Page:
Gene therapy, like a car with mechanical problems, has a history of jerking to life and then quickly stalling. Fortunately, gene therapy has the benefit of a kind of roadside assistance, one that comes in the form of gene editing technology, which is becoming more precise. It can help gene therapy run more smoothly. For example, gene editing can now be used to silence or repair a faulty gene, rather than insert an entire gene into the genome. If a replacement gene is poorly placed, it can cause insertional mutagenesis.
Several forms of high-precision gene editing can give gene therapy a jump, but the most electrifying form is probably CRISPR. Besides dissecting normal and pathogenic pathways, uncovering biomarkers, and identifying drug targets, CRISPR is starting to translate into the clinic. Later this year, the trial will be extended to include patients with sickle-cell anemia.
These companies, which are focused on gene editing therapies for diseases of the eye and liver, share with Sangamo Therapeutics, Cellectis, and Bluebird Bio an interest in developing earlier forms of gene editing technology. Investigators at Exonics Therapeutics recently reported very promising preclinical data using CRISPR gene editing for treating a canine model of Duchenne muscular dystrophy, in which genetic correction of the dystrophin gene appeared to restore limb function in affected King Charles spaniels, supporting advancement to the clinic.
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This cycle may ultimately bring the benefits of gene therapy to patients, including patients suffering multigene disorders. The kidney is particularly challenging to study. The early stages of kidney disease are difficult to see, and patients with advanced stages of kidney disease often have secondary complications that affect disease understanding.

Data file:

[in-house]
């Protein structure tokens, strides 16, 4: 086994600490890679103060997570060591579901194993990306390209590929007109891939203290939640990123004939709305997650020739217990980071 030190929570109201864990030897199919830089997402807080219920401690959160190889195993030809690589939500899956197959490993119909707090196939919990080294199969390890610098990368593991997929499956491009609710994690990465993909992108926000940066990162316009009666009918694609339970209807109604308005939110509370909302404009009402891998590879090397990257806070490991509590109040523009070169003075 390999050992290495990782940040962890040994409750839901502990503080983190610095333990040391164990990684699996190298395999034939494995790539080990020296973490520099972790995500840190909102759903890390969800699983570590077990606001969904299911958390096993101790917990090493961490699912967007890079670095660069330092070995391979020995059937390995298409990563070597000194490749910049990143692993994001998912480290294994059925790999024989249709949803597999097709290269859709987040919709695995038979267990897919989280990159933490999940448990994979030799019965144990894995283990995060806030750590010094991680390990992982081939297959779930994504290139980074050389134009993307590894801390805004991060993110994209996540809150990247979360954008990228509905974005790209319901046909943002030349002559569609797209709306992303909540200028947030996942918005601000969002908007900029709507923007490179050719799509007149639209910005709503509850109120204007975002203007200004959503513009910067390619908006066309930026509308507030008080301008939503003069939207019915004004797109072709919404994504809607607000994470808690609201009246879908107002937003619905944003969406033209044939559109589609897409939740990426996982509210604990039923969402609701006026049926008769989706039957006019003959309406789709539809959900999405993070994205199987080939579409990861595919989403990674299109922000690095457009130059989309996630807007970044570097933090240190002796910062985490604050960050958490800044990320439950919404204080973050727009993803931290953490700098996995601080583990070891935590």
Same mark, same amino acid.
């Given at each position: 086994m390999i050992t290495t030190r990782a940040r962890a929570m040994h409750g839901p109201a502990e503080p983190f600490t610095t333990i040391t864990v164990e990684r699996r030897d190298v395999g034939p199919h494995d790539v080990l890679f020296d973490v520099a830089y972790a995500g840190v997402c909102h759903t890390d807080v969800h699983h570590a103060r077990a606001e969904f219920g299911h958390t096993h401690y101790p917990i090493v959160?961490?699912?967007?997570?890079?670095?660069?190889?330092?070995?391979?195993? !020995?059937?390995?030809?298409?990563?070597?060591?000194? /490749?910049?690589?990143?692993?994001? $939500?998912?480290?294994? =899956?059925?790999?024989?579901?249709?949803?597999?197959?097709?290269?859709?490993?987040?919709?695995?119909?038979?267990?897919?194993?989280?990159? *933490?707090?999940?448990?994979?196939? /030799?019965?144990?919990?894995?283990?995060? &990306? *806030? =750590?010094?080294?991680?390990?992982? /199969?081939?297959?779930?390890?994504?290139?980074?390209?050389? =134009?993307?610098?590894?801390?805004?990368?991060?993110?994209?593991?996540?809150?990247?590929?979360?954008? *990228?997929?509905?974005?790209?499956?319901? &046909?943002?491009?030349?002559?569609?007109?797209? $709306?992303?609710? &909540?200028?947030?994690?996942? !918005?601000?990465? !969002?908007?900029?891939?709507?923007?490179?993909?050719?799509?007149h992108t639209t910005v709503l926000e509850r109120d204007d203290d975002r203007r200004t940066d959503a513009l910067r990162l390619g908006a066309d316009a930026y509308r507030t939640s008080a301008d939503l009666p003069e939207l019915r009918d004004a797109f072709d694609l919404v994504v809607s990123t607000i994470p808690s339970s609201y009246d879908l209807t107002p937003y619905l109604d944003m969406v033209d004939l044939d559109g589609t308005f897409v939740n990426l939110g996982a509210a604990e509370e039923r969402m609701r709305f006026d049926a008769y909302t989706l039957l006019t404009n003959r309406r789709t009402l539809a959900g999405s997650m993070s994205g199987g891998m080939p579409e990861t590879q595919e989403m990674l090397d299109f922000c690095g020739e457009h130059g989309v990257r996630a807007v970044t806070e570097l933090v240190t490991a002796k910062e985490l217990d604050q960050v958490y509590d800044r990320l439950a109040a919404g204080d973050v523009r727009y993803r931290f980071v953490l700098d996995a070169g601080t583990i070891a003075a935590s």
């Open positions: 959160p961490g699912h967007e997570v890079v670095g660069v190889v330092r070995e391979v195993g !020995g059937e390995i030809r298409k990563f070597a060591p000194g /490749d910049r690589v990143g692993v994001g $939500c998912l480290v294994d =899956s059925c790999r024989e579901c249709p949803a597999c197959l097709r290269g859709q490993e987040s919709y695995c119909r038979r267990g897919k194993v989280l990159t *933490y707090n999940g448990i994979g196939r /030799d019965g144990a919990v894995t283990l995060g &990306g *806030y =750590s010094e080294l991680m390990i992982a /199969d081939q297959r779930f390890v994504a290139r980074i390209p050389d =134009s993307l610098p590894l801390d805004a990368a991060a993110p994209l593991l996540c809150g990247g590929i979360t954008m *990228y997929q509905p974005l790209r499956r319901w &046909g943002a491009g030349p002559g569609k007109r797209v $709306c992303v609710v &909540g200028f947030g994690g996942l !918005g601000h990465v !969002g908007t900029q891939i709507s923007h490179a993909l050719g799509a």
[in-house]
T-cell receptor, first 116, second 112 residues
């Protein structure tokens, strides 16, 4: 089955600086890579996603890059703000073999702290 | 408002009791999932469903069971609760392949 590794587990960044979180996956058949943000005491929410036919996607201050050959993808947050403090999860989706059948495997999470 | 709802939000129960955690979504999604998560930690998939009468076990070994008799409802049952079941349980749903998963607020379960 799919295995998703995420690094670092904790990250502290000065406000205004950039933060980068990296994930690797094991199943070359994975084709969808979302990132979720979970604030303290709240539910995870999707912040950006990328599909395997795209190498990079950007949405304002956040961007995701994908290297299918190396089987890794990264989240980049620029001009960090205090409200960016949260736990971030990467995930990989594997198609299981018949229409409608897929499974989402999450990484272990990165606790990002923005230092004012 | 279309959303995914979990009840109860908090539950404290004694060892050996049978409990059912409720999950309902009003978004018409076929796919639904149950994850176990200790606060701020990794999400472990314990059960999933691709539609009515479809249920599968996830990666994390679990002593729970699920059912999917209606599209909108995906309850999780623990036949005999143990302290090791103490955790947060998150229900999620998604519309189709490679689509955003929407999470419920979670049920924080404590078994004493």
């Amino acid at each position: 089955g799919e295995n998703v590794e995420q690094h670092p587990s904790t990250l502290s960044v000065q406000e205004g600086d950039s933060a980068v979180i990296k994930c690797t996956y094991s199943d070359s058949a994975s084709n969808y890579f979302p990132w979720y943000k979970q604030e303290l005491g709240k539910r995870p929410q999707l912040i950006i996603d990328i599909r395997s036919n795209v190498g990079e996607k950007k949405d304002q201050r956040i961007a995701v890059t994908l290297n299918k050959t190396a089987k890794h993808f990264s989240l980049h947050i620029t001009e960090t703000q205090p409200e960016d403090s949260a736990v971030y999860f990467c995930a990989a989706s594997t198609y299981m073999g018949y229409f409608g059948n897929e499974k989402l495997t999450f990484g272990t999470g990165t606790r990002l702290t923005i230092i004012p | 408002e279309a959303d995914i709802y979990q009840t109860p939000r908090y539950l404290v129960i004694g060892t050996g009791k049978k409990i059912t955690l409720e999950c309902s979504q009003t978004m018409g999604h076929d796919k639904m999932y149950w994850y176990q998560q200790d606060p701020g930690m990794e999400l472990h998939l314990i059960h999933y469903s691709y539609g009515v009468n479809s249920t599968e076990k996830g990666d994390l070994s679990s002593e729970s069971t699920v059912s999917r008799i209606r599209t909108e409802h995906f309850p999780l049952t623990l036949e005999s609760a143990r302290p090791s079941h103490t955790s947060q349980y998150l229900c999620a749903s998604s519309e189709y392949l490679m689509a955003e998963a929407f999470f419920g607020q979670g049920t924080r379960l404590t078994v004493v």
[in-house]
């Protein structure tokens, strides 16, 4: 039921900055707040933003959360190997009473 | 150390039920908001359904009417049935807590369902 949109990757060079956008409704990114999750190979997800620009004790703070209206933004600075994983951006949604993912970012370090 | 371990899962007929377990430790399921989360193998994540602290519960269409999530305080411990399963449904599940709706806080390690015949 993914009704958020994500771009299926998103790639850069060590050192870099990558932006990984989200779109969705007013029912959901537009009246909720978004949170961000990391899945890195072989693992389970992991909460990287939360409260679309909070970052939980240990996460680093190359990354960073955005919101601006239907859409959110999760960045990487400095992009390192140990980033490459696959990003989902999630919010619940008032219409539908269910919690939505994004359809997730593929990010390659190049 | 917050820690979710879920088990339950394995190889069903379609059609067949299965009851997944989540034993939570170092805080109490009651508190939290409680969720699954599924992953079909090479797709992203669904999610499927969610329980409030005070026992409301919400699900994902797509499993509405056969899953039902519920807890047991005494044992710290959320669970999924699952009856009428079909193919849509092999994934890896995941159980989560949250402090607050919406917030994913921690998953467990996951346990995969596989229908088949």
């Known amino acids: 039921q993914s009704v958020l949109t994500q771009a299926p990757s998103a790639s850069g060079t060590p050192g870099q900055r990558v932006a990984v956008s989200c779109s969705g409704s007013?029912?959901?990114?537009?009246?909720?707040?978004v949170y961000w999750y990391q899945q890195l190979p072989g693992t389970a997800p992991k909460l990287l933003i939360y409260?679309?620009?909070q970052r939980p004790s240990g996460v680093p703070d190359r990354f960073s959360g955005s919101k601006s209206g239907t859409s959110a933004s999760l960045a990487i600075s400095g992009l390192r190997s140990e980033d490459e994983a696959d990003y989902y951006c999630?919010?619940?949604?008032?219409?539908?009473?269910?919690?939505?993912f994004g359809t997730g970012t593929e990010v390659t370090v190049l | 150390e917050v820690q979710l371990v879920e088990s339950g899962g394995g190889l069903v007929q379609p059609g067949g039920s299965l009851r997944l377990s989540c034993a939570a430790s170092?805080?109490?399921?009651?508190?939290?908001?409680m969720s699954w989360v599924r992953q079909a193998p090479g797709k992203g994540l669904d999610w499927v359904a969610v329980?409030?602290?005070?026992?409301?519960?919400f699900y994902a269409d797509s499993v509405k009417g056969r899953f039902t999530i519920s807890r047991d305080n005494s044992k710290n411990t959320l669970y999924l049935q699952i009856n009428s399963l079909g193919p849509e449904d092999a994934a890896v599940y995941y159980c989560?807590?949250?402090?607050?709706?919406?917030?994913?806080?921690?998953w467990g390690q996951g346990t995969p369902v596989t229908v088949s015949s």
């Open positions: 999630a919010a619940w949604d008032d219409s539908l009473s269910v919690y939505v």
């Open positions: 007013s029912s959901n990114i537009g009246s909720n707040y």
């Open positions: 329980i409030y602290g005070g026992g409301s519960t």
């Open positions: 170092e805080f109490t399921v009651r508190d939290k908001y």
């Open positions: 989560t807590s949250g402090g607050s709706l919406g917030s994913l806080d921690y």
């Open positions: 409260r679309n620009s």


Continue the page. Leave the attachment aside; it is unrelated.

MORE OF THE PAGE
Genome Editing. The Next Step in Gene Therapy.
Dialysis is crude compared to a functional organ and typically is not a long-term solution, and there is a lack of transplant organs. The Freedman laboratory helped to develop the 3D kidney organoid technology that fulfills this need. Kidney organoids are made from stem cells; multiple cell types develop in a relatively intricate nephron-like arrangement that looks similar to the types of structures seen in the kidneys.
The geometry can differ depending on growth conditions, but all kidney organoids are essentially the same regardless of the laboratory of origin. Results are reproducible from laboratory to laboratory, lending standardization and credibility. Using single-cell RNA sequencing and other tools, researchers have found that organoids naturally make about 15 of the approximately 30 types of cells within the kidney.
This makes it possible to start interrogating and identifying the pathways that are involved in constructing the kidney in a functional way and to recreate disease in the organoids. If these mutations could be corrected, a big dent would be made in the number of transplants needed. Polycystic kidney disease PKD is one of the most common genetic diseases, affecting 1 in people. PKD has few treatments and no cure, making it a good candidate for a gene therapy approach.